A bad reputation can cost you jobs and promotions. You need to find out what people really think — before it's too late.
- Having a reputation for being hard to work with for any reason can limit new opportunities.
- That's why, experts say, you need to get a clear-eyed handle on how you're perceived.
You probably have some idea what other people think about you, but you can never really know everything.
That's a blessing to your self-esteem — no one needs a catalog of their quirks and idiosyncrasies. And yet, when it comes to advancement in the workplace, not knowing how others perceive you is a disadvantage.
Having a reputation for being difficult to work with for any reason — you talk too much, you have a tendency toward flakiness, or you're sometimes kind of a bully — can cost you new jobs, promotions, or other opportunities. Even a whiff of toxicity can send employers fleeing.
"Employers can't afford to have a cancer in the organization that will drive people out the door," said Scott Nostaja, a senior vice president at Segal, an HR consultancy.
In fact, that's already happening. Millions of people continue to quit their jobs every month— often in response to a toxic culture — leaving employers scrambling to fill 1o.3 million open roles. In their desperation to hire, but feeling burned by recent quits, many companies are turning to reputation as the deciding factor.
If you're in the market for a new job or promotion, experts say, getting clear what your colleagues and bosses think of you might matter now more than ever.
You have a rep to protect
Tessa West, a psychology professor at New York University and author of the book, "Jerks at Work," says social-media platforms like LinkedIn are making reputation a more relevant factor in hiring.
The aphorism, "It's not what you know but who you know," has never been more apt, she said. Recruiters are increasingly relying on "LinkedIn network nodes" to source and learn about potential job candidates.
"And because people tend to remember and encode negative information much more than positive, a bad reputation follows you around," West said. "That's why your behavior from six years ago can affect your job prospects six months from now."
That applies equally to your existing colleagues as well as hiring managers you've yet to meet.
"In this tough employment market, it would be easy for recruiters to overlook a candidate's behavioral challenges because they need to fill jobs," Nostaja said. "But there's an increased recognition among recruiters that a bad hire can have a significantly negative impact on the workplace culture and, post-pandemic, workers are voting with their feet."
It doesn't matter how high-performing you are, either, if others don't want to work with you, Nostaja said.
Gillian Williams, a partner and founder of the recruiting agency Monday Talent, knows this well.
Earlier this year, Williams was looking to fill a senior role for a global public-relations firm. Her top candidate went through five rounds of interviews, including one with the company's president, who adored her. The PR firm told Williams it was ready to extend an offer.
A few days later, though, Williams received a cryptic email saying the firm had had second thoughts.
She eventually learned the company pulled the offer because someone at the agency knew the candidate from a past job and felt she did not have a "strong enough personality" and was "more of an individual contributor than a leader."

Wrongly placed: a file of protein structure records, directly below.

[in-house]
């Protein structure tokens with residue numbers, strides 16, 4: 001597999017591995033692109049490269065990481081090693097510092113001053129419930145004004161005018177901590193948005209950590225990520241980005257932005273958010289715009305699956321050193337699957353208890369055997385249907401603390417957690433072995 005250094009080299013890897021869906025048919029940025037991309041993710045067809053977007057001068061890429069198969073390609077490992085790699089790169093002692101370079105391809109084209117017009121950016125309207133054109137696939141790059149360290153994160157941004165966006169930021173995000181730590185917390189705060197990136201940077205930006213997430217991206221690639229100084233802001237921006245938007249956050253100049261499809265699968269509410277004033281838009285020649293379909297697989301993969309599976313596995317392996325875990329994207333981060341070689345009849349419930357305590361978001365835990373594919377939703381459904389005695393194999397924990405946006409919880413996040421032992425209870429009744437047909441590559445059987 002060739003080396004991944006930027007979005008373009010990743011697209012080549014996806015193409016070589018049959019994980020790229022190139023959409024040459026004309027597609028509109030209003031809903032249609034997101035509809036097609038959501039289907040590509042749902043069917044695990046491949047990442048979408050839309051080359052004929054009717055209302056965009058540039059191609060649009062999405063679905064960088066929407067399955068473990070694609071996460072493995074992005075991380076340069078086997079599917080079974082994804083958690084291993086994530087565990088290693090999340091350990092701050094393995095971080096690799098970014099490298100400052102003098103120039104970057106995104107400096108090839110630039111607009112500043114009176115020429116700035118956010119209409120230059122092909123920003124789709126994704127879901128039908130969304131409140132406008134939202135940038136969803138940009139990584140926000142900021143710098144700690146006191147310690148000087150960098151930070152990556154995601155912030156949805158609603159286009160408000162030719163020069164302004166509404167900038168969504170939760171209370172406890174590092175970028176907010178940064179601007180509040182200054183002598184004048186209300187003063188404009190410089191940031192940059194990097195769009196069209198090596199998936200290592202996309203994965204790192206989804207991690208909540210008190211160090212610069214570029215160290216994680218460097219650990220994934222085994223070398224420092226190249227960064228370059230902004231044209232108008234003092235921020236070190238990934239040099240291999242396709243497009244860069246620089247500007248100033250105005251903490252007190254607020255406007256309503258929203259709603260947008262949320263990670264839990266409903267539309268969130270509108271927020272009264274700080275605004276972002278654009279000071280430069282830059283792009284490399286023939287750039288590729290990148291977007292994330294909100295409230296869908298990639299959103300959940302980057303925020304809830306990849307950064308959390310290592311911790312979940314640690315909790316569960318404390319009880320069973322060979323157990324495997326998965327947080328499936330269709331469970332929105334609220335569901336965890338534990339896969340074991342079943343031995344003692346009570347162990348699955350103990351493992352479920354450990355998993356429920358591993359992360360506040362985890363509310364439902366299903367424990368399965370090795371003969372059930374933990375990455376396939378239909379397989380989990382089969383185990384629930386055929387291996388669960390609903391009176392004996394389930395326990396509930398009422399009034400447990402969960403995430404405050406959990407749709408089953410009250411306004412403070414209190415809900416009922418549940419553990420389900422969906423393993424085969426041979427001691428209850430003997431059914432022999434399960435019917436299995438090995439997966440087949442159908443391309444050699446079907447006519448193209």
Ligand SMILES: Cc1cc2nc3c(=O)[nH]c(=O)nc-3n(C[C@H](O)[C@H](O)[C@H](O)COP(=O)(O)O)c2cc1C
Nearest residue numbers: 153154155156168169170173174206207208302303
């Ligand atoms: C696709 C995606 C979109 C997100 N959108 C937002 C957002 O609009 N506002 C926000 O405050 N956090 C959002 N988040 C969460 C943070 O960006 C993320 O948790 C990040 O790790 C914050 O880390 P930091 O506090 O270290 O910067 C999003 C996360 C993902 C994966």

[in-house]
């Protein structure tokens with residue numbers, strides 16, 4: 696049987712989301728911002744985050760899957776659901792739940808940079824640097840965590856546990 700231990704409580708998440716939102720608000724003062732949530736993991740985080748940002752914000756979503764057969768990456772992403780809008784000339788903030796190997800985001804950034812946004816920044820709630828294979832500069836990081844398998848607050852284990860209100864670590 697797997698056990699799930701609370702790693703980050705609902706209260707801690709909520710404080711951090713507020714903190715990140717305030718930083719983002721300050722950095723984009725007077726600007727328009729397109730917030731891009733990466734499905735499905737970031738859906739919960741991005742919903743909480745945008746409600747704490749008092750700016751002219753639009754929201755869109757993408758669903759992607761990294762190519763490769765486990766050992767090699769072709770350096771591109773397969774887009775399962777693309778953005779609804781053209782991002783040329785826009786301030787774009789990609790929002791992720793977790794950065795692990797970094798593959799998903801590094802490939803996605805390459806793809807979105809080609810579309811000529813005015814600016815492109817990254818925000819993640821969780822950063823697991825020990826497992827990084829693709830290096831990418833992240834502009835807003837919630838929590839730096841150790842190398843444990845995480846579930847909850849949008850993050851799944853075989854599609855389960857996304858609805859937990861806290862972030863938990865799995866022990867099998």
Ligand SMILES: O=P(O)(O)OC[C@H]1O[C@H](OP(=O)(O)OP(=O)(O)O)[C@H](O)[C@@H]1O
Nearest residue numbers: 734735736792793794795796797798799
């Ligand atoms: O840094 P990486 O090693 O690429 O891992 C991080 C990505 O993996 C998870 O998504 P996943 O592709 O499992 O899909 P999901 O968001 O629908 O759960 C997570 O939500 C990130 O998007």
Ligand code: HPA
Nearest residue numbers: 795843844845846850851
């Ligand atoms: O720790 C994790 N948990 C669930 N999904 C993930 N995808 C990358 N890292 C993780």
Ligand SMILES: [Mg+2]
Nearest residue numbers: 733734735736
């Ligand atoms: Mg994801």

"You never know how far someone's network extends or whether someone from your past will one day end up at an organization you want to join," Williams said. "Their opinion could make all the difference in whether you get the job."
Learn what your colleagues really think
So how do you find out what other people really think of you? You ask them — strategically.
Nariah Broadus, a career and leadership coach who works mainly with midcareer professionals, said to avoid the temptation to ask only your closest colleagues. They'll just sing your praises. Instead, go one or two levels deeper into your network.
"The people who you aren't super close to, but with whom you regularly interact, are in a better position to share because it's not as big a personal or professional risk for them to tell you what they think," Broadus said.
Moreover, she said, they likely have a lot of valuable intel. "They have direct observations, and they've also heard stuff about you."
Not all requests for feedback are created equal.
"Going to all your former colleagues and asking them what they did and didn't like about you is like going to your exes and asking, 'What did I do wrong?'" NYU's West said.
She advises asking for "extremely specific" feedback.
Don't ask: Am I good to work with? But instead: When I am in a meeting, do other people have a chance to be heard? How would you describe my style and approach? If you have hesitations about my leadership abilities, what might those be?
"Frame the behaviors around how others perceive you," she said.
If you're too shy to outright ask for feedback from former colleagues, Broadus suggested soliciting them through an anonymous survey. She advised using standard 360 review questions and creating an online survey. (Survey Monkey or Google Forms are good options.)
"Say to them, 'I'm thinking about what's next for me personally and professionally, and I'd appreciate your candid assessment,'" she said. "Asking this way shows a certain vulnerability. And you can always offer to do the same for them."
This story originally published on March 22, 2022.
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